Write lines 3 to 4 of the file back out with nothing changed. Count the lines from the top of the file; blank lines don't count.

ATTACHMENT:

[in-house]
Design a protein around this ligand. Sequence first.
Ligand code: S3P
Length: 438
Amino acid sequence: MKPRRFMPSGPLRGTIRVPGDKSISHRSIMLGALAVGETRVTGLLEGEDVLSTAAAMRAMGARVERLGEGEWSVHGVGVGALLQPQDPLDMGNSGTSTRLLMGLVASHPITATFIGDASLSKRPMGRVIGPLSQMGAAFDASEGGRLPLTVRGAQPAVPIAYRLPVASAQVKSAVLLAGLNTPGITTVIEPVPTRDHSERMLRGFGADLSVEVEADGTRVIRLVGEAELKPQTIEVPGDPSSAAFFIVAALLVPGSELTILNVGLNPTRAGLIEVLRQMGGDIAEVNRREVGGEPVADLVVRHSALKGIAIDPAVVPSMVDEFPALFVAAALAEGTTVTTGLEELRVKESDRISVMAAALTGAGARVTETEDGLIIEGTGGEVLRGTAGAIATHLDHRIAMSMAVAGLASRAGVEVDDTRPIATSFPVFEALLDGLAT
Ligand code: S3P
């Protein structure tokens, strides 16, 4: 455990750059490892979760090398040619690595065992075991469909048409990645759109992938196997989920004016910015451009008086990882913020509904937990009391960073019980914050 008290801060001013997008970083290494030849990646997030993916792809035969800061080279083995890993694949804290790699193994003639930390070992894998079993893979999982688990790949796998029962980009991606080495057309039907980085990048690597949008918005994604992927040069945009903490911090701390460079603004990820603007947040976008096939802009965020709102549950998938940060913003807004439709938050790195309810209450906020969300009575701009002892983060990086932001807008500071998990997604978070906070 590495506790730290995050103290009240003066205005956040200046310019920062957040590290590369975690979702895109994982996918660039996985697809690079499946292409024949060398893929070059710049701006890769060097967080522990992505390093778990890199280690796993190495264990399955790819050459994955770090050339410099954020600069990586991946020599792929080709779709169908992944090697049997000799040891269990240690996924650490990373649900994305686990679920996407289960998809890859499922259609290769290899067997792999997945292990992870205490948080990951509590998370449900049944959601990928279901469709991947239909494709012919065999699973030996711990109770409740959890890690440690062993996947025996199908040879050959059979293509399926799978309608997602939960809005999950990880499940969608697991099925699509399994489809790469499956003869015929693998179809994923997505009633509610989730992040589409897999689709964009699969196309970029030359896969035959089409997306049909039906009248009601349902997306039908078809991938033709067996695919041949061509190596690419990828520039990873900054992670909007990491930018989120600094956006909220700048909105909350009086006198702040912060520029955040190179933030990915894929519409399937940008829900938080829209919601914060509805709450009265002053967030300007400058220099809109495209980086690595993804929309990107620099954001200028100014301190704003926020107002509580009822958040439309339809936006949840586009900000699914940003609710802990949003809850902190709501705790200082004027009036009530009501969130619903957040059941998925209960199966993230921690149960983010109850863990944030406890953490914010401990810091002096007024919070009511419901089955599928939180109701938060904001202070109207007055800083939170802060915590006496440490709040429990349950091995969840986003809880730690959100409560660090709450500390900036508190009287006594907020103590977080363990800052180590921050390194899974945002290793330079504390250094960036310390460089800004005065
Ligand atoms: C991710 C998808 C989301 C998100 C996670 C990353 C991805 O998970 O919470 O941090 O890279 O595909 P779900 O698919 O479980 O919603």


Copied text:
Ligand code: S3P
Length: 438